Suzanne "Crazy Eyes" Warren is a fictional character played by Uzo Aduba on the Netflix series Orange Is the New Black. Warren is portrayed as intelligent, but lacking in social skills, and prone to spiral into emotional outbursts when agitated, as well as hallucinations and delusions, due to mental illness. The character is the only role that has received Emmy Award recognition in both the comedy and drama genres from the same show and the second character to earn Emmy recognition in both genres. Aduba won the Emmy Award for Outstanding Guest Actress in a Comedy Series as well as the Critics' Choice Television Award for Best Guest Performer in a Comedy Series for her season one performance. She received the Emmy Award for Outstanding Supporting Actress in a Drama Series as well as the Screen Actors Guild Award for Outstanding Performance by a Female Actor in a Comedy Series for her season two performance. Her season three performance again won Screen Actors Guild Award for Outstanding Performance by a Female Actor in a Comedy Series. She is a recurring character in season one and a regular character beginning with season two.
The third season of the American comedy-drama television series Orange Is the New Black premiered on Netflix on June 11, 2015, at 12:00 am PST in multiple countries. It consists of thirteen episodes, each between 53–60 minutes, with a 90-minute finale. The series is based on Piper Kerman's memoir, Orange Is the New Black: My Year in a Women's Prison (2010), about her experiences at FCI Danbury, a minimum-security federal prison. The series is created and adapted for television by Jenji Kohan.
Alex Vause is a fictional character played by Laura Prepon on the Netflix series Orange Is the New Black. The character is loosely based on Catherine Cleary Wolters, the ex-girlfriend of Piper Kerman, author of Orange Is the New Black: My Year in a Women's Prison. Before her arrest, Vause worked for an international drug cartel and was in a relationship with protagonist Piper Chapman, who once transported drug money for her during their travels. Vause is portrayed as the catalyst for Chapman's indictment. She is reunited with her ex-lover in federal prison, nearly a decade after the events that led to their breakup. Her relationship with Chapman is reignited, as they carry out a tumultuous love affair in prison. Vause is noted for her pragmatism, forthrightness, wit and veiled vulnerability. She is a main character in seasons one, three, four, five, six, and seven and a recurring character in season two.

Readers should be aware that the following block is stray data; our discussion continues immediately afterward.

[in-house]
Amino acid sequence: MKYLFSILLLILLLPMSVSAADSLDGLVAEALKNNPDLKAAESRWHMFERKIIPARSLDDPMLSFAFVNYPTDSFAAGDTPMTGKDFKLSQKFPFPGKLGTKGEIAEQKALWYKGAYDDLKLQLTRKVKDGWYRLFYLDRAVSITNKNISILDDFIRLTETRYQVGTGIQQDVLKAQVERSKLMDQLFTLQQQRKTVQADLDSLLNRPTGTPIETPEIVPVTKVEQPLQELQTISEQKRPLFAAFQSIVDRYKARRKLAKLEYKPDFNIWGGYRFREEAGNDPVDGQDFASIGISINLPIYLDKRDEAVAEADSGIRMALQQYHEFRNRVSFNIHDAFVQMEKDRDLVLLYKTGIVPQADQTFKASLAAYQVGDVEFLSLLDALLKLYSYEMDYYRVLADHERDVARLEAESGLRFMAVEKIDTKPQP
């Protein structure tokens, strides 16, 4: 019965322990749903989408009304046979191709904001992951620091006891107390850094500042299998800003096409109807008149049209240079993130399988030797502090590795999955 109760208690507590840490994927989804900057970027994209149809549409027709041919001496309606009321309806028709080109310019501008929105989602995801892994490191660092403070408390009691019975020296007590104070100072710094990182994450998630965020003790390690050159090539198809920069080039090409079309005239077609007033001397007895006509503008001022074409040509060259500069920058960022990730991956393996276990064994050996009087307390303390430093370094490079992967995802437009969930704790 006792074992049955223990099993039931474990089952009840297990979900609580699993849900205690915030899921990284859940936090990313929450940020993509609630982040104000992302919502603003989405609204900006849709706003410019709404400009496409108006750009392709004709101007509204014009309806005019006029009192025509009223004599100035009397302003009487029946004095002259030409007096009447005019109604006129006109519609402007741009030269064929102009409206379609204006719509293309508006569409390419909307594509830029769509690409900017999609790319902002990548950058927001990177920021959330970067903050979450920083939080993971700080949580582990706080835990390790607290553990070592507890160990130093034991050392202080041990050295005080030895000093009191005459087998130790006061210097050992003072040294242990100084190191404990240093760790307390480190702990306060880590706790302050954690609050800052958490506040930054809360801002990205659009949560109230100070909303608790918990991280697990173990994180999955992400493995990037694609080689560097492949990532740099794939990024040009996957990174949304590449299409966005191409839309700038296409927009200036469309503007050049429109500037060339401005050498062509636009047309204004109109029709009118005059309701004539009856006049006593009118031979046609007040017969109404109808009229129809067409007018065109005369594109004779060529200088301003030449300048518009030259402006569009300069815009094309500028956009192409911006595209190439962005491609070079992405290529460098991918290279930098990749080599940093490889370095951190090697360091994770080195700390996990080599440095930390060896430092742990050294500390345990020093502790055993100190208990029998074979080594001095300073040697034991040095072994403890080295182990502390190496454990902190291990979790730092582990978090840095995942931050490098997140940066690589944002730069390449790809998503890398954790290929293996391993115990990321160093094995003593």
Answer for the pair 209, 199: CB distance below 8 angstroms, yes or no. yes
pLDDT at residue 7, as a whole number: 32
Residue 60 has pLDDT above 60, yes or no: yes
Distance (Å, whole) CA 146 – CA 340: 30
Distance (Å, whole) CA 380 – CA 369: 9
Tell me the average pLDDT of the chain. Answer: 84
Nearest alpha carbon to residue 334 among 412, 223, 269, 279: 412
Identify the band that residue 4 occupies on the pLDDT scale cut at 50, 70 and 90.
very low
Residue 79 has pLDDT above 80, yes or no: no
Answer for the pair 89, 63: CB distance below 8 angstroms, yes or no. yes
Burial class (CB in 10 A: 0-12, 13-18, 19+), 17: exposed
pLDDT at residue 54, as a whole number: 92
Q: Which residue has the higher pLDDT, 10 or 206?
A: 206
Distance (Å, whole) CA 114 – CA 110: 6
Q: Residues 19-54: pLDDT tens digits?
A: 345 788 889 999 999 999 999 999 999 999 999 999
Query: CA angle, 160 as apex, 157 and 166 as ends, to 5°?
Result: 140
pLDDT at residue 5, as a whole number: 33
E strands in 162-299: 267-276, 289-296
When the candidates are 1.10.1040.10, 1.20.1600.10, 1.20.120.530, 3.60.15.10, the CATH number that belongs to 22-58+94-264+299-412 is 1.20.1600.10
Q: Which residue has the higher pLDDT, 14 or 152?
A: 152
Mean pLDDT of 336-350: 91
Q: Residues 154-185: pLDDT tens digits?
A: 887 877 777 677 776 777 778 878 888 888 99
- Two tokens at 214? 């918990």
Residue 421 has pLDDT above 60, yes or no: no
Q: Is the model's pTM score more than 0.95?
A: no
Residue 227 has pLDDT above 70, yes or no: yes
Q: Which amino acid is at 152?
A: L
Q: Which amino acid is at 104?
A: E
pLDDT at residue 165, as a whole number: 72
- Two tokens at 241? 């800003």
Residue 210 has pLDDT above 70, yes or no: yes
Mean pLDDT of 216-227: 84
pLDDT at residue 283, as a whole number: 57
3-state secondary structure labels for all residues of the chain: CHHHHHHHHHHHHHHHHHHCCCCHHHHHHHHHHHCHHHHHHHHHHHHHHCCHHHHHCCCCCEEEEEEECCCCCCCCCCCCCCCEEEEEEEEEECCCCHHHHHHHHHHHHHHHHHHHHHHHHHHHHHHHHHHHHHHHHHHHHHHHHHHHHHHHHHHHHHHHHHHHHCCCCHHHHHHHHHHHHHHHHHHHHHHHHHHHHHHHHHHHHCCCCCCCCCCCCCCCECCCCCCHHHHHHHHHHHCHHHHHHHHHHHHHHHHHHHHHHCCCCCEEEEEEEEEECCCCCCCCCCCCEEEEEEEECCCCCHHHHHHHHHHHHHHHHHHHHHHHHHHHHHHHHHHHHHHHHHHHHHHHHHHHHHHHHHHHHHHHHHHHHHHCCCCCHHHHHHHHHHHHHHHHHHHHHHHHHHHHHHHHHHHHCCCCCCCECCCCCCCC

Nicole Nichols is a fictional character played by Natasha Lyonne on the Netflix series Orange Is the New Black. She is a recurring character in season one and a main character from season two onwards. Lyonne received an Emmy nomination in 2014 for the role.
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The sixth season of the American comedy-drama television series Orange Is the New Black premiered on Netflix on July 27, 2018, at 12:00 am PDT in multiple countries. It consists of thirteen episodes, each between 50 and 84 minutes. The series is based on Piper Kerman's memoir, Orange Is the New Black: My Year in a Women's Prison (2010), about her experiences at FCI Danbury, a minimum-security federal prison. The series is created and adapted for television by Jenji Kohan.
The seventh and final season of the American comedy-drama television series Orange Is the New Black premiered on Netflix on July 26, 2019, at 12:00 am PDT in multiple countries. It consists of thirteen episodes, each between 55 and 89 minutes. The series is based on Piper Kerman's memoir, Orange Is the New Black: My Year in a Women's Prison (2010), about her experiences at FCI Danbury, a minimum-security federal prison. The series was created and adapted for television by Jenji Kohan.
The fourth season of the American comedy-drama television series Orange Is the New Black premiered on Netflix on June 17, 2016, at 12:00 am PST in multiple countries. It consists of thirteen episodes, each between 54–60 minutes, with a 77-minute finale. The series is based on Piper Kerman's memoir, Orange Is the New Black: My Year in a Women's Prison (2010), about her experiences at FCI Danbury, a minimum-security federal prison. The series is created and adapted for television by Jenji Kohan.